I try not to make my work the subject of too much of my writing. I feel that I should branch out, be more creative, pull information from outside sources. But we just get so many fascinating creatures in that I cannot help but be inspired by their miraculous adaptations, morphology and behaviours. Besides, only a little over a year ago, my work would have been an outside source of information for me. So what the heck – I’ll go for it and share a little about a couple of our newest arrivals.
Two animals seem to be busying my mind today. Each has absolutely nothing to do with the other from a phylogenetic perspective; but they both arrived on our doorstep from distant locales, each an unintentional stowaway on planes bound far from home. One – from the phylum Arthropoda – is a lovely example of the order Araneae, the spiders. While I know that many may tremble at the mere thought of these invertebrates, I actually happen to find them quite beautiful. From an aesthetic perspective, any close examination, any exploration into the intricacies of their make-up would intrigue even the most wary. And remember: if unperturbed, these animals are generally as interested in leaving you alone as you are in avoiding their presence.
This particular individual, who came in just four days ago on a shipment of bananas from South America, is a particularly striking specimen. Daddy-long-legs watch out. This lady makes no bones about the fact that she means business. Her bright orange mandibles (jaws) are a sure warning sign, and I certainly wouldn’t want to be the young predator testing out my ‘eat this one mom?’ instincts in her neighbourhood.
Bright colours almost invariably mean danger, and act as warning signs to would-be predators on the lookout for a tasty snack. It’s actually quite a kind gesture on the spider’s part if you think about it: Unless you’re blind, or just not the sharpest knife in the drawer, you’d have a hard time missing her message of ‘stay back, or else’. In this instance, a communication failure could have serious consequences – both for the eater and the eaten. The spider’s desire to avoid all possibilities of falling prey to a hungry predator help her, and those who might wish to make her their lunch. Both parties will be helped immensely by her clear warning: Nature has shown that her aposomatic colouration will go a long way in keeping her alive and well, and keeping predators from making some nasty mistakes.
The other creature often on my mind these days is a little Mediterranean Gecko. Tiny, green, relatively nondescript – this animal is not physically striking, as is our new spider-friend. But he’s got some great adaptations that one can’t help but admire; and by virtue of minuteness alone he is quite adorable. Part of the phylum Chordata, order Squamata, this little lizard, originally from Texas, is blessed with the spiderman-like skill of being able to scale sheer surfaces. With his adhesive toe-pads, he is able to nimbly climb the smoothest of surfaces. If you’ve ever hung out in the warmth of the southern sun, you will have seen a gecko. They are almost like flies on the wall at the summer cottage; every sunny southern restaurant (open to the air as they must be just to have a bit of air circulation) sports these little living, moving art pieces on the walls and ceilings.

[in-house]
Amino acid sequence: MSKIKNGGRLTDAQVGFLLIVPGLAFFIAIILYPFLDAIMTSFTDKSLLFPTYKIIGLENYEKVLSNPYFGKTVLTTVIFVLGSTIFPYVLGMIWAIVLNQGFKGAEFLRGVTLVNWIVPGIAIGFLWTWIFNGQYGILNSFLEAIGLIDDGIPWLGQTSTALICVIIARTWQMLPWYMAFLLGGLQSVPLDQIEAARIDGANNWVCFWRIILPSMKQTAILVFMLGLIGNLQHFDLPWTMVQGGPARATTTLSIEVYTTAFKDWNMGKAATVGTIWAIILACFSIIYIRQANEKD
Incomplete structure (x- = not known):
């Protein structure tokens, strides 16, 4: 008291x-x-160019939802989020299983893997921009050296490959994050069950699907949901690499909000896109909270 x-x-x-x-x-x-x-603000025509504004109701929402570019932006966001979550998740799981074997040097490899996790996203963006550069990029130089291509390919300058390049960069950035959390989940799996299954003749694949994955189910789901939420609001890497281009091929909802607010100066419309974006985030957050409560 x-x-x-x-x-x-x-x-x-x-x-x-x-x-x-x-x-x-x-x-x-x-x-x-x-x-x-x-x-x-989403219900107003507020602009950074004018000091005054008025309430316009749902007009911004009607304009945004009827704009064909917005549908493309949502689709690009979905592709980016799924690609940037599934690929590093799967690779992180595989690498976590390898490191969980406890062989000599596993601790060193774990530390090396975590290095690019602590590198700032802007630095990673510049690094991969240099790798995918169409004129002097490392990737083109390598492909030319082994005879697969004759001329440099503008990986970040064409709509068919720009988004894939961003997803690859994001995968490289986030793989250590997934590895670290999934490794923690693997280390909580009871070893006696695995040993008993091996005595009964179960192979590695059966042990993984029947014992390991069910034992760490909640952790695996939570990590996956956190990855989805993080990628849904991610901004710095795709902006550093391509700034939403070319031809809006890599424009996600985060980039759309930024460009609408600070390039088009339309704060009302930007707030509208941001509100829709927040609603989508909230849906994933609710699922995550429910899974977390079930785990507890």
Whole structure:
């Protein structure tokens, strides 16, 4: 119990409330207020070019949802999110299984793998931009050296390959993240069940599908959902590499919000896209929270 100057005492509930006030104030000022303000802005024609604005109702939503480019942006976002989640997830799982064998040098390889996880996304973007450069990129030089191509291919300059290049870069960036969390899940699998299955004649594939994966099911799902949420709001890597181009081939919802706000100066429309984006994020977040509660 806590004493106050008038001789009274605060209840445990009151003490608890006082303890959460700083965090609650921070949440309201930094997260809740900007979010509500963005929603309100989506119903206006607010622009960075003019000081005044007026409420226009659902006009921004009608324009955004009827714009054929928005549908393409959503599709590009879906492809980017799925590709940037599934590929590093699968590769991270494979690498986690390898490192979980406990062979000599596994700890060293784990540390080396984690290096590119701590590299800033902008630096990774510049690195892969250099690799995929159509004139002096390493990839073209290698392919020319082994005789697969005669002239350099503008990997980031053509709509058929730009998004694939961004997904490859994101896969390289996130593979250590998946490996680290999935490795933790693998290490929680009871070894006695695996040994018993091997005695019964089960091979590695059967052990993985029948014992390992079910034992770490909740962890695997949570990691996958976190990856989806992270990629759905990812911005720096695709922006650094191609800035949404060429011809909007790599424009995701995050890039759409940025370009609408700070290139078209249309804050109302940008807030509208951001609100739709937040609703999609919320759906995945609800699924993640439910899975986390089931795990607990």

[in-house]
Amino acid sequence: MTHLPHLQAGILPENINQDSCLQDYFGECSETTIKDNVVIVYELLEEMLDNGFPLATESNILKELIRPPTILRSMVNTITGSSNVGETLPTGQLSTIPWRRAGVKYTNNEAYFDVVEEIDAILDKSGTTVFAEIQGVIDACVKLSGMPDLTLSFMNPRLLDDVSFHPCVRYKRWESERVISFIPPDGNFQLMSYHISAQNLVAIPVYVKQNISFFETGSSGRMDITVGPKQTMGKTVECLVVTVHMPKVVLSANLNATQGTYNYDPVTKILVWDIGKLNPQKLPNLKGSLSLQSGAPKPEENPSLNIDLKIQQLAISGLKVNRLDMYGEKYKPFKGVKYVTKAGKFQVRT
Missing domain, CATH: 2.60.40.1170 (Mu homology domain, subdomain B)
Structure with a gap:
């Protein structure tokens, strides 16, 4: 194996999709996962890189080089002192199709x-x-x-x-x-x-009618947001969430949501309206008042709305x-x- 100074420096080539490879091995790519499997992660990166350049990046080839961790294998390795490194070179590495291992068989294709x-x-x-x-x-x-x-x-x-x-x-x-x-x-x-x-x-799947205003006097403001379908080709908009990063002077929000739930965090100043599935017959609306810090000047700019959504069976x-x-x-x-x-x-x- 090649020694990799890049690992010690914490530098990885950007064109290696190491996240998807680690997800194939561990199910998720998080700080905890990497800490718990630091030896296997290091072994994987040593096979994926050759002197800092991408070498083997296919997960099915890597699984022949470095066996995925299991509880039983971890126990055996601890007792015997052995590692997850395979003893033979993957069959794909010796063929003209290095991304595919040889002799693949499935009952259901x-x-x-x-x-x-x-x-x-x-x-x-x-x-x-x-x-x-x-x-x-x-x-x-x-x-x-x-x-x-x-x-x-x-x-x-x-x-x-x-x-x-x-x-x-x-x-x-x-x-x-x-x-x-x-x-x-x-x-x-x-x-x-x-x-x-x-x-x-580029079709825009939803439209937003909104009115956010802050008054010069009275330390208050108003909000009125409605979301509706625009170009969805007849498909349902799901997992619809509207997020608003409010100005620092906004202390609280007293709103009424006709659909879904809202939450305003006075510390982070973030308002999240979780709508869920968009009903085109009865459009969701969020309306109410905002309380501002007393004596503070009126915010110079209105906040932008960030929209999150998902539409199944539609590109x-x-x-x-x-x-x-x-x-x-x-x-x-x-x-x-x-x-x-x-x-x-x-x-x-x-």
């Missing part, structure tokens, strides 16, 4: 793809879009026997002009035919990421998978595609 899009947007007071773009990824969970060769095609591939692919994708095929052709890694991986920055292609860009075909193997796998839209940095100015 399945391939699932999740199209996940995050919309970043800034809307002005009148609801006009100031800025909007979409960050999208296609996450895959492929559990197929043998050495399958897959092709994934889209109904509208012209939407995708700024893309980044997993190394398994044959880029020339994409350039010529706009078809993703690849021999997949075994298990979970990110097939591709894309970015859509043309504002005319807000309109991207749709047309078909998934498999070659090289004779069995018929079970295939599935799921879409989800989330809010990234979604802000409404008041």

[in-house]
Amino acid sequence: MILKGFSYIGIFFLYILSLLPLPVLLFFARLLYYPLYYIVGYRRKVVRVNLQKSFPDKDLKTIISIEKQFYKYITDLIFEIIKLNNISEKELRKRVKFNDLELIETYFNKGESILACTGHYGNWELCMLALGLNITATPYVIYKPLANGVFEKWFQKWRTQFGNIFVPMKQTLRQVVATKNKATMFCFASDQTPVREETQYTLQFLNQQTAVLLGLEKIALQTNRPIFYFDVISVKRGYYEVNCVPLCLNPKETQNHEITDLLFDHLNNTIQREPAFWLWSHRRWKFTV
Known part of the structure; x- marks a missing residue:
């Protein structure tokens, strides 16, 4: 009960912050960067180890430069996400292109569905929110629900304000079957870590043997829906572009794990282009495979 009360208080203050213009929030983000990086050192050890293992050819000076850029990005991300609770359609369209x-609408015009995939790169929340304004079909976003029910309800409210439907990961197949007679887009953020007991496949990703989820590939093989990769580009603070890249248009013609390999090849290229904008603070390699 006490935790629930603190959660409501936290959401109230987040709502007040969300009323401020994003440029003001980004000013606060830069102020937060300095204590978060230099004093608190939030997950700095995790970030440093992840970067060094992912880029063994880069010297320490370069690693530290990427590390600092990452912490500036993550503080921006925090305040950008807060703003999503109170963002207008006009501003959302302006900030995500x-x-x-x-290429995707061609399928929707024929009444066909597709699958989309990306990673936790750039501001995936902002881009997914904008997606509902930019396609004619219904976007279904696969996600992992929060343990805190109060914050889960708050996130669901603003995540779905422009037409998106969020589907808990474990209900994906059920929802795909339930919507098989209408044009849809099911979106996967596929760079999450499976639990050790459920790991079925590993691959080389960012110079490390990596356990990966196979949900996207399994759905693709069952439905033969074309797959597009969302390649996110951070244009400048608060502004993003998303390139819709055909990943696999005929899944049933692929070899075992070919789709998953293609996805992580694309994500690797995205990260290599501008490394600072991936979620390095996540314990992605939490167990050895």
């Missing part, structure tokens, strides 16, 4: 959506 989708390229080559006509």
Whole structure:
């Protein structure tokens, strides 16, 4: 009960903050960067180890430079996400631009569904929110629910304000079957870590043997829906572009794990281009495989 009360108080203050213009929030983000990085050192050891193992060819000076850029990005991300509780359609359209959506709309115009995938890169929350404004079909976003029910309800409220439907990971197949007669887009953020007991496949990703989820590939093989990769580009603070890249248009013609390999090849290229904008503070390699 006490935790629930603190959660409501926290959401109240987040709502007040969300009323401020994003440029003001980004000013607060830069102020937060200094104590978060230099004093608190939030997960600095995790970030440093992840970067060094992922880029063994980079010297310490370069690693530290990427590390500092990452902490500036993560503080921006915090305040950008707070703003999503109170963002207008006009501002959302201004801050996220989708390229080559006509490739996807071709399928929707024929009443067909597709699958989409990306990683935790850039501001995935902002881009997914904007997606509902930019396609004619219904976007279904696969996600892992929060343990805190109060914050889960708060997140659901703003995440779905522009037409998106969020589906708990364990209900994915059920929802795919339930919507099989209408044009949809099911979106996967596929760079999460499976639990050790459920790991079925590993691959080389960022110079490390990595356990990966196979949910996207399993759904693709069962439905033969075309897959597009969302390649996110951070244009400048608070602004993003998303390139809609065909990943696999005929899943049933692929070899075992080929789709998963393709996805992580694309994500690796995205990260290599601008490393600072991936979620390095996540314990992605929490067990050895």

Ubiquitous in southern locales, the gecko is in some ways the polar opposite of the spider above. With no warning colouration, and in fact not much to warn of, the gecko is at the bottom of the food chain in the ecosystems in which it is found. But this doesn’t indicate poor success in evolutionary terms. While their life span as individuals is no doubt quite brief, these animals have been slowly increasing their geographic range. The little one in our care arrived in someone’s luggage from Austin, Texas. Not part of its historical range, its presence in this location is just another sign that the Mediterranean Gecko is pushing the boundaries. Its range map shows a fanning out from the south to the north, east and west.
Of course, stowing oneself away in a plane bound for afar is a surefire way to rapid and effective dispersal. But I somehow don’t think that this little guy, or Ms. clear-communicator Arachnid, would have picked Toronto as their ideal destination. From the sunny south to blustery Toronto in one fell swoop: talk about culture shock for these little lost wanderers. If only a fear of spiders and lizards didn’t exist, we might have a line up of winter weary Canadians volunteering to take the stowaways home. Are you up for it?
Zoe Dalton is a graduate of York University’s environmental science program, and is currently enjoying working towards a Master of Arts in Integrated Studies with Athabasca U. She can be reached for comments or questions at firstname.lastname@example.org.